Thoughts and prayers are with Egypt, and I know that doesn’t sound a lot in some ways, but let it be a way of strengthening the bonds within the family of faith, to hold us together as one when all the other voices seek to tear us apart, a call to repentance when we treat each other as curiosities on the news when we should have been brothers and sisters all along.

And may we ride the donkey into Holy Week, whispering “Hosanna” amid the tears.

Repair the Broken Things

My new favourite TV show is tucked away on BBC2 in the early evening. The Repair Shop is a fly-on-the-wall show set in a maker/fixer space. People will bring along eccentric but broken possessions, like accordions and jewellery boxes and garden gnomes, only for them to be repaired and restored by the end of the show.

Now, I like The Repair Shop because I’m a bit geeky but have the technical aptitude of a banana. It’s interesting to watch people who can take apart a silent music box and make it sing again. But seeing the reactions of people to their restored heirlooms, the emotional weight and memories tied up with old toys and artwork, puts another slant on the programme. Fixing broken things is a sort of resurrection.

That sounds a bit pretentious; maybe it is. But think about all those technical and practical skills that are represented in our churches. Think about how repairing a friend’s car or their shower or their lawnmower can help support them through a financial crisis. Think about how the fixer movement helps challenge consumerism and conserve resources. There’s a whole world of stories and opportunities bound up in the idea of taking something that’s seemingly dead and destroyed and making it live again.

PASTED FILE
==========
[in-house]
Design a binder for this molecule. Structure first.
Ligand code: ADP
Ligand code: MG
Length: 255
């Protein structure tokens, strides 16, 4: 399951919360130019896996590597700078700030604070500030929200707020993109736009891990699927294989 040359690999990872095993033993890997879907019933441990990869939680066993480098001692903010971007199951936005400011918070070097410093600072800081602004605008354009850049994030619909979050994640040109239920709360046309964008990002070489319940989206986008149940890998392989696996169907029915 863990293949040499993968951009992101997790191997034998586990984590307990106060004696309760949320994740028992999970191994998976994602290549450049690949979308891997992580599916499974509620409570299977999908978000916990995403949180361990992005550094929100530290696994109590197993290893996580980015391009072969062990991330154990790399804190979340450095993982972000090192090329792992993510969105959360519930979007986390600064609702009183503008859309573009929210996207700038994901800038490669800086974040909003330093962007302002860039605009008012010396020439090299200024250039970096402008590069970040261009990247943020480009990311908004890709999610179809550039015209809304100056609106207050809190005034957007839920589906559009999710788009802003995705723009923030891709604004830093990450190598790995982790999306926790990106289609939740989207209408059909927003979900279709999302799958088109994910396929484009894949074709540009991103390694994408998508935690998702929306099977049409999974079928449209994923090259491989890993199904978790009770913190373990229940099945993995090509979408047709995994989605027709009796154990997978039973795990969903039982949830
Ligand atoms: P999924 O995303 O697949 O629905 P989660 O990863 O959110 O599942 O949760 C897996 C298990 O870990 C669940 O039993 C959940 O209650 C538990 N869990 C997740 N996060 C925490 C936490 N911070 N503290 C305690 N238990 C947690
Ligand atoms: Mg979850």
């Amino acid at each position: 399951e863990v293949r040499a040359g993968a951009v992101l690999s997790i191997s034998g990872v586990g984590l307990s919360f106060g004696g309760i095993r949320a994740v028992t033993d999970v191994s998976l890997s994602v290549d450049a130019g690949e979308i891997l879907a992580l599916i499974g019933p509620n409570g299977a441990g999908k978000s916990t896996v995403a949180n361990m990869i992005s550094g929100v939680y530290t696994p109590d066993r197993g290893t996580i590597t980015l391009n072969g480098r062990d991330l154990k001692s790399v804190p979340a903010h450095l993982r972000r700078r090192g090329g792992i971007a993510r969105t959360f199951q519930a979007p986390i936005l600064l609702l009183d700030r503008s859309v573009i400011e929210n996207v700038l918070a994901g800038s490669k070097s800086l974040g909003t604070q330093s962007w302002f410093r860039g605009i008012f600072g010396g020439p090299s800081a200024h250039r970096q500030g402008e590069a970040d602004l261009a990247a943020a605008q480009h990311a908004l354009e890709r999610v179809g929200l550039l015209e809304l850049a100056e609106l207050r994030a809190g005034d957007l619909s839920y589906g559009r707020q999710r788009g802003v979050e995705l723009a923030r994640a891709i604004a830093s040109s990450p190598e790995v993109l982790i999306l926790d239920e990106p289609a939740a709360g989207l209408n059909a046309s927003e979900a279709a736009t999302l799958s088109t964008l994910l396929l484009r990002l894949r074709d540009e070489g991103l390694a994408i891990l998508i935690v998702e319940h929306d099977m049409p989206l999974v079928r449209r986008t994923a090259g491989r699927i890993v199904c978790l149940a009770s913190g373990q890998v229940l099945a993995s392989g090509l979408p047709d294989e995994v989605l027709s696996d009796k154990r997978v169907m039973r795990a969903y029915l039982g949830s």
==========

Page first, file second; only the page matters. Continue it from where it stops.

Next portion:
We have hundreds upon hundreds of conversations about what the church should look like in the 21st century, we debate strategies and ecclesiology, we realise we’ve become divorced from our communities and spend good amounts of time analysing the break-up. But all these things should, at their heart, reflect hope and grace and resurrection. A broken clock that’s suddenly made to work again is a suitable metaphor for this, so why not embrace that metaphor?

There are lots of skills sitting in our pews, gifts from God that may remain unused because they don’t fit the template. That’s when we need to get radical – why not get a bunch of churches working together to facilitate a fixer space?  Why not draft plumbers and electricians and craftspeople into serving our communities?  Why not embody resurrection,  revival and restoration in all their forms?

Let’s get to the point where carrying a set of tools is seen as just as much a part of worship as carrying a guitar; let’s release the skills and craftsmanship of our people to serve those around us and, in doing so, bringing hope and new life into every situation we can.

(This is related to a post I wrote years ago, which can still be found here.)